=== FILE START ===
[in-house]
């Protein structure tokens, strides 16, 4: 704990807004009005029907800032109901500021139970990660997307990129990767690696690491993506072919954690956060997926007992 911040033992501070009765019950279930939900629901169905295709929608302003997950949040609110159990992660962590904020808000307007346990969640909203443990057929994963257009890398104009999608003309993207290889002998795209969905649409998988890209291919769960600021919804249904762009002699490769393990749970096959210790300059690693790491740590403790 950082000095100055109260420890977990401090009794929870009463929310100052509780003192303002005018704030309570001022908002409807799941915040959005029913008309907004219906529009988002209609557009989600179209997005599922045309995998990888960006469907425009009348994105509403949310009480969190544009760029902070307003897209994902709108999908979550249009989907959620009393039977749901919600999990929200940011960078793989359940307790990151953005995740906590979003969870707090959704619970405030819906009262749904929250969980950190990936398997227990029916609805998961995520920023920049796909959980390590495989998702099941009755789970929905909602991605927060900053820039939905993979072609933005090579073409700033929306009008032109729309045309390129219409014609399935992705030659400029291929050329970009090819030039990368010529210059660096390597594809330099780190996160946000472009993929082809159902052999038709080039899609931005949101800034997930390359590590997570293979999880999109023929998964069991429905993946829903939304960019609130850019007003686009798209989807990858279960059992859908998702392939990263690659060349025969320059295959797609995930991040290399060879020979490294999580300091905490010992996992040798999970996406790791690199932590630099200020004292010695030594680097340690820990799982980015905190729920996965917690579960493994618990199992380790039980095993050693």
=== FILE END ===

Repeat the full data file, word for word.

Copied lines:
[in-house]
């Protein structure tokens, strides 16, 4: 704990807004009005029907800032109901500021139970990660997307990129990767690696690491993506072919954690956060997926007992 911040033992501070009765019950279930939900629901169905295709929608302003997950949040609110159990992660962590904020808000307007346990969640909203443990057929994963257009890398104009999608003309993207290889002998795209969905649409998988890209291919769960600021919804249904762009002699490769393990749970096959210790300059690693790491740590403790 950082000095100055109260420890977990401090009794929870009463929310100052509780003192303002005018704030309570001022908002409807799941915040959005029913008309907004219906529009988002209609557009989600179209997005599922045309995998990888960006469907425009009348994105509403949310009480969190544009760029902070307003897209994902709108999908979550249009989907959620009393039977749901919600999990929200940011960078793989359940307790990151953005995740906590979003969870707090959704619970405030819906009262749904929250969980950190990936398997227990029916609805998961995520920023920049796909959980390590495989998702099941009755789970929905909602991605927060900053820039939905993979072609933005090579073409700033929306009008032109729309045309390129219409014609399935992705030659400029291929050329970009090819030039990368010529210059660096390597594809330099780190996160946000472009993929082809159902052999038709080039899609931005949101800034997930390359590590997570293979999880999109023929998964069991429905993946829903939304960019609130850019007003686009798209989807990858279960059992859908998702392939990263690659060349025969320059295959797609995930991040290399060879020979490294999580300091905490010992996992040798999970996406790791690199932590630099200020004292010695030594680097340690820990799982980015905190729920996965917690579960493994618990199992380790039980095993050693």